An introduction to Royal Doulton
An introduction to Royal Doulton by Christopher Evans
It was not until the London International Exhibition of 1862 that Doulton & Co made any attempt at producing what we know as art-wares, but for this exhibition they moved beyond the traditional style of Toby jugs and drainpipes they had been producing to include a small selection of simply decorated vases and jugs. In 1866 George Tinworth a student from the Lambeth School of Art came to work at the factory. Then, for the first time in 1871 Doulton & Co exhibited their Art Pottery at the International Exhibition at Kensington. 70 pieces were presented, many by Tinworth and some by an existing pupil at the Lambeth School of Art, Hannah Barlow. The new Art Wares were greeted with overwhelming enthusiasm and Queen Victoria ordered examples to be brought to her at Windsor Castle. Over the next 20 years the number of artists at the Lambeth factory grew into hundreds and Doulton Ware as it became known was being exhibited at consecutive exhibitions and gaining great international acclaim and winning many prizes.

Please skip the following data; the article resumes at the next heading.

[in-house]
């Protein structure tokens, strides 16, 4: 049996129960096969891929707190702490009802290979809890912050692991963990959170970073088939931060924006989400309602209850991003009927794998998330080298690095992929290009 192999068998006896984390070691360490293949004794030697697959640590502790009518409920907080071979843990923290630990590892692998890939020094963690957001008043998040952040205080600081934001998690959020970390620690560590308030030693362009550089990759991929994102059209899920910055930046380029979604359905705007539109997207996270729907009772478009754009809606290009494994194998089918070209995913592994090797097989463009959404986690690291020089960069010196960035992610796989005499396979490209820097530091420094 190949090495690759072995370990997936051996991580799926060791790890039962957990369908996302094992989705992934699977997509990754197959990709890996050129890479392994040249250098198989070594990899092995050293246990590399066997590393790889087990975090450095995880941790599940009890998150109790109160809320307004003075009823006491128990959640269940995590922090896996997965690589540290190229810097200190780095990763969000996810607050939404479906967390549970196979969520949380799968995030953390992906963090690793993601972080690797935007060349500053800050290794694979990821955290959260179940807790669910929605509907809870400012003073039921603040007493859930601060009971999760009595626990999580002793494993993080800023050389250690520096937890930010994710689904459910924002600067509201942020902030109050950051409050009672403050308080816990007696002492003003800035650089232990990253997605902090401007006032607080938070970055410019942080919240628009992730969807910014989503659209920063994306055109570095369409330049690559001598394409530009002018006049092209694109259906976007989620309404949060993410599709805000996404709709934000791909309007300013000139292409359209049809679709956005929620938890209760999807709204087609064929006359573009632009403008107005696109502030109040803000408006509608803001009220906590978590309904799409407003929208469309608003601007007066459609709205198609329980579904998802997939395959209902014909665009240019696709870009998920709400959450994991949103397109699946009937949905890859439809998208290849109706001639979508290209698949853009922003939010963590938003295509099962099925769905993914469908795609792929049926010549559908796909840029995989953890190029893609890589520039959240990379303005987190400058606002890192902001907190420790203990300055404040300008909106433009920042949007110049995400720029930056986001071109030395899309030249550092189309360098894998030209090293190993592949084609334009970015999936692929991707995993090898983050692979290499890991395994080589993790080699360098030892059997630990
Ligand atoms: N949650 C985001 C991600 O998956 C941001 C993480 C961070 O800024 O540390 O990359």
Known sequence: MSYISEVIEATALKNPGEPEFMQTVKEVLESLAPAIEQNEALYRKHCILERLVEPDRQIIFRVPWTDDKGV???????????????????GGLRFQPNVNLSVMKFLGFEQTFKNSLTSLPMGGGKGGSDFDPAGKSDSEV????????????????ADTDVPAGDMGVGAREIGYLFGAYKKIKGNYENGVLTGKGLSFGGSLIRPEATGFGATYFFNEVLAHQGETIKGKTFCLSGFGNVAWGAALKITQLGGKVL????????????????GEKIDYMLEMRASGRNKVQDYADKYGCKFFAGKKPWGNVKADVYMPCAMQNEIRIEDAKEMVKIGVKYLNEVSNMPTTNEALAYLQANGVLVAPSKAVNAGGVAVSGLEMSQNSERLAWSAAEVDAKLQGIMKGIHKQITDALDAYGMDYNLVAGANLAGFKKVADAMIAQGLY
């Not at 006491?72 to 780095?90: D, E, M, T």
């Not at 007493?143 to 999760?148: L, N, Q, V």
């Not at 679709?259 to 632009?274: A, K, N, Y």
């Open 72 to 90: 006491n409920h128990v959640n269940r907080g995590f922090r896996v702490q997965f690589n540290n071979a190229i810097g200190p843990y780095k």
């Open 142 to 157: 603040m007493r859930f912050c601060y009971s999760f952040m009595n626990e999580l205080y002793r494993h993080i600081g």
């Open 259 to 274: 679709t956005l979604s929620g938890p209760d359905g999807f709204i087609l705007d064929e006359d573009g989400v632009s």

Encouraged by the great success of the Lambeth wares, in 1877 Henry Doulton embarked on a new venture in the heart of the Potteries in Stoke-on-Trent when he bought an interest in the old established Pinder, Bourne & Co pottery of Nile Street, Burslem. In 1882 Pinder retired and the firm was re-named Doulton & Co. As with Lambeth artists, those who were gathering at Burslem were allowed every opportunity for the expression of their individual talents and assisted by the strong traditions in Staffordshire. This artistic freedom, recounted by Charles Noke who would become Doulton’s most famous Art Director in Burslem, was supported by Henry Doulton being ‘like a fresh sea breeze…invigorating, challenging, and demanding’.
During the late 19th Century awards and medals continued to be bestowed upon Doulton & Co and in 1885 Henry Doulton was awarded the Albert Medal in recognition “of the impulse given by him for the production of artistic pottery”. Two years later he was knighted by Queen Victoria. On his death Henry was succeeded by his son Henry Lewis Doulton, under whose leadership the firm was awarded the Royal Warrant in 1901 and subsequently the company Royal Doulton emerged.
The ideal set out by Henry Doulton that “you can get a good price for a fine thing more easily than you can get a poor price for a bad thing” certainly rings true to this day and the thousands of collectors around the world who collect the old and the new, show that there is still great demand for Doulton Wares – and long may it continue.